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Sol LeWitt: A Wall Drawing Retrospective

A collaboration between Yale University Art Gallery, MASS MoCA, and the Williams College Museum of Art
#1152 View Timelapse / Photo: Kevin Kennefick
Info

Wall Drawing 1152

Whirls and twirls. (Met)
April 2005
Acrylic paint
LeWitt Collection, Chester, Connecticut

First Installation

Metropolitan Museum of Art, Iris and B. Gerald Cantor Roof Garden

First Drawn By

Takeshi Arita, Sarah Heinemann, Gabriel Hurier, Chie Shimizu

MASS MoCA Building 7
Third Floor

Whirls and Twirls was created for the Iris B. Gerald Cantor Roof Garden at the Metropolitan Museum of Art in New York. Sol LeWitt designed the wall drawing to accompany a series of abstract three-dimensional forms called Splotches. The artist saw the curvilinear forms of both the structures and the drawings as complements to the undulating landscape of nearby Central Park, while the vivid colors provided a bold contrast with the gray tones of Manhattan’s skyline in the distance.

This wall drawing is based on Wall Drawing 1131, executed the previous year and also subtitled Whirls and Twirls, which LeWitt created for the Wadsworth Atheneum in Hartford. The curving arches and brilliantly colored bands add an overwhelming vitality to the 1800-square feet of wall space surrounding a Beaux-Arts style marble staircase.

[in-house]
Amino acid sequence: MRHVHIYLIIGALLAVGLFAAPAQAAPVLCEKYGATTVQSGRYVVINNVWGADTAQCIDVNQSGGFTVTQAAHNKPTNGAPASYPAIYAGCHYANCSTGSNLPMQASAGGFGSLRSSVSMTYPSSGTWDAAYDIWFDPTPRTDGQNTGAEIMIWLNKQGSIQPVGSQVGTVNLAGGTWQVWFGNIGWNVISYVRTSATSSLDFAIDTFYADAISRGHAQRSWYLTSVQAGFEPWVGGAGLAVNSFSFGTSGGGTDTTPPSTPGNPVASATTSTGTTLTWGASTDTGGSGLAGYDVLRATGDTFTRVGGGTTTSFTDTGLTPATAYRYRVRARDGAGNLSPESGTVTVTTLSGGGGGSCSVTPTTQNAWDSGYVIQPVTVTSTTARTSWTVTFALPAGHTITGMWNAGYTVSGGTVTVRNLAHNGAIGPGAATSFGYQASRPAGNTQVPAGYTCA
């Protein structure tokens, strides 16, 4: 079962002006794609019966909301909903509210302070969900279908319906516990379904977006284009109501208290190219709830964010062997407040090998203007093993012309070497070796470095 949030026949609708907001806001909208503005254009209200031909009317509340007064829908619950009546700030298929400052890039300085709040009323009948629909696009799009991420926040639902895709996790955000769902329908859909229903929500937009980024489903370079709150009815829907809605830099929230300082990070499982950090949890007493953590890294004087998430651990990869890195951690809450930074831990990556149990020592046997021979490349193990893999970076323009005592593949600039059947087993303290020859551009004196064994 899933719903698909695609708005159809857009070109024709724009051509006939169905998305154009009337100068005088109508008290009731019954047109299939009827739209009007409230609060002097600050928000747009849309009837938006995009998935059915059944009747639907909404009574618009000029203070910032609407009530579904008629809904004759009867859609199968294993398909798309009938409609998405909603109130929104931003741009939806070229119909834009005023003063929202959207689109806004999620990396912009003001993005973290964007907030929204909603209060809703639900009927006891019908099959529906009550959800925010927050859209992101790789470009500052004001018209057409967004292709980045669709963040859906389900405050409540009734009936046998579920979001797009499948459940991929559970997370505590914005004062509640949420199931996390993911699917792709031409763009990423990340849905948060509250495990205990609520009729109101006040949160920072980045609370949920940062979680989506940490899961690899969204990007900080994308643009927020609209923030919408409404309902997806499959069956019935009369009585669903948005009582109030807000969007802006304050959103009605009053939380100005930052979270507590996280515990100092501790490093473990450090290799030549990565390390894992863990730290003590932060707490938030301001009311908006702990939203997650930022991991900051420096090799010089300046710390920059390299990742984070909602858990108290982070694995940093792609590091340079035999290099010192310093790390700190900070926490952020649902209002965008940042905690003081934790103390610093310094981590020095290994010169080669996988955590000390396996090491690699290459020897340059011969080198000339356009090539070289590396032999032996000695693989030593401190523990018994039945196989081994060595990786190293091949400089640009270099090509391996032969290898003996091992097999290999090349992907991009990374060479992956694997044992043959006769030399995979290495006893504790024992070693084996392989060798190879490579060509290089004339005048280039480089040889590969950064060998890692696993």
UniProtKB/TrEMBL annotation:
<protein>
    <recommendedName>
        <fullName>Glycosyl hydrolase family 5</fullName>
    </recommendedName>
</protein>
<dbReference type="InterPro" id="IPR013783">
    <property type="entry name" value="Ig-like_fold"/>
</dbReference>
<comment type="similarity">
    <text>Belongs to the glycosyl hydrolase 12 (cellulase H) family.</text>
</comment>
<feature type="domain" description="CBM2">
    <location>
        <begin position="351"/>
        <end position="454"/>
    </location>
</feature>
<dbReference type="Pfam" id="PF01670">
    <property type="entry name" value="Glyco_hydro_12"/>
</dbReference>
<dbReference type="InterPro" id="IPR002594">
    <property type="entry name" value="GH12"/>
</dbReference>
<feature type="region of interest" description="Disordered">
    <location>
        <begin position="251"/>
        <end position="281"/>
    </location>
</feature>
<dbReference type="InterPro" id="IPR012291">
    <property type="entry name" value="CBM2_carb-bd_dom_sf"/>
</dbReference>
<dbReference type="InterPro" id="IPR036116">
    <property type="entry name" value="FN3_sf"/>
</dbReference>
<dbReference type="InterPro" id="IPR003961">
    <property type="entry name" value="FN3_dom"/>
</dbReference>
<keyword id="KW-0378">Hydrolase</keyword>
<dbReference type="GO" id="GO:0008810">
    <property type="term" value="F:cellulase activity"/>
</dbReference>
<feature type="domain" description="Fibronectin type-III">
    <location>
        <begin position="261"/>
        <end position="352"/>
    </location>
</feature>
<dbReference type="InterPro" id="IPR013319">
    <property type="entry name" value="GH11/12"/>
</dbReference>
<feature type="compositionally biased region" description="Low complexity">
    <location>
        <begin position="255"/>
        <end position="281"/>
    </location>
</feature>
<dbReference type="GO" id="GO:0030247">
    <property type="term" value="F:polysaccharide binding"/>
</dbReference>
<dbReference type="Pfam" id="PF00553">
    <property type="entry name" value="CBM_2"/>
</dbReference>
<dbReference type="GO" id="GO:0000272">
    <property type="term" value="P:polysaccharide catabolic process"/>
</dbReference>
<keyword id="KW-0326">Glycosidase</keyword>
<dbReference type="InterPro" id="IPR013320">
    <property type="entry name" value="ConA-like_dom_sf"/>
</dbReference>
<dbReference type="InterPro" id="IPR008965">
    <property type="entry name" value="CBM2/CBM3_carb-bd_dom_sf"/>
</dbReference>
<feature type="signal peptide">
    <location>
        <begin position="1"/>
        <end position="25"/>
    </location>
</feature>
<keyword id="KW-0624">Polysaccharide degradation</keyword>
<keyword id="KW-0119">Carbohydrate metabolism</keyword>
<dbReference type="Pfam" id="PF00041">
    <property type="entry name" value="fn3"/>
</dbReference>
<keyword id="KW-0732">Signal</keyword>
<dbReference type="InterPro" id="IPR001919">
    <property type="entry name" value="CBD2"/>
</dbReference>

Whirls and Twirls is an example of LeWitt’s highly saturated colorful later works made in acrylic. While the forms are curvilinear, playful and seem almost random, they are drawn according to an exacting set of guidelines. The bands are a standard width, for example, and no colored section may touch another section of the same color.

Backstory

To ensure that no two bands of the same color touch, the draftsmen color-coded the bands with post-it notes before applying paint to the wall. Despite the color-coding, a few squares of the same color ended up touching and had to be painted over.

   
 
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